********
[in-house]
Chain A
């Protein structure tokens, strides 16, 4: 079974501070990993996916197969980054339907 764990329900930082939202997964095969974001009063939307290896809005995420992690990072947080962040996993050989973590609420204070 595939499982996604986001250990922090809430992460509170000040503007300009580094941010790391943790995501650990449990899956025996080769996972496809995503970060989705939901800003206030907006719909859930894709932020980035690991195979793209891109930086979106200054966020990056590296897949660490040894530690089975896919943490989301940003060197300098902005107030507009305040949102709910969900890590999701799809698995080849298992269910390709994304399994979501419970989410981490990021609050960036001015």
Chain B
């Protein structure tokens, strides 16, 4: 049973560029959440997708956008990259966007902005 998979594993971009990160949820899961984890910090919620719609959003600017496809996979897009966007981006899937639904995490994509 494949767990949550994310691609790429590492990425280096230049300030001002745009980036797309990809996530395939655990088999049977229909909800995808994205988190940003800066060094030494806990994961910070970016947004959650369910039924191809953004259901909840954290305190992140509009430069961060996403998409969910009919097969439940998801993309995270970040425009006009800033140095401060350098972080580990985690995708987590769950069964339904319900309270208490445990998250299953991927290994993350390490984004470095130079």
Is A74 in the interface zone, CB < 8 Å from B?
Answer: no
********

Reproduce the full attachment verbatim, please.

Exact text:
[in-house]
Chain A
């Protein structure tokens, strides 16, 4: 079974501070990993996916197969980054339907 764990329900930082939202997964095969974001009063939307290896809005995420992690990072947080962040996993050989973590609420204070 595939499982996604986001250990922090809430992460509170000040503007300009580094941010790391943790995501650990449990899956025996080769996972496809995503970060989705939901800003206030907006719909859930894709932020980035690991195979793209891109930086979106200054966020990056590296897949660490040894530690089975896919943490989301940003060197300098902005107030507009305040949102709910969900890590999701799809698995080849298992269910390709994304399994979501419970989410981490990021609050960036001015």
Chain B
């Protein structure tokens, strides 16, 4: 049973560029959440997708956008990259966007902005 998979594993971009990160949820899961984890910090919620719609959003600017496809996979897009966007981006899937639904995490994509 494949767990949550994310691609790429590492990425280096230049300030001002745009980036797309990809996530395939655990088999049977229909909800995808994205988190940003800066060094030494806990994961910070970016947004959650369910039924191809953004259901909840954290305190992140509009430069961060996403998409969910009919097969439940998801993309995270970040425009006009800033140095401060350098972080580990985690995708987590769950069964339904319900309270208490445990998250299953991927290994993350390490984004470095130079």
Is A74 in the interface zone, CB < 8 Å from B?
Answer: no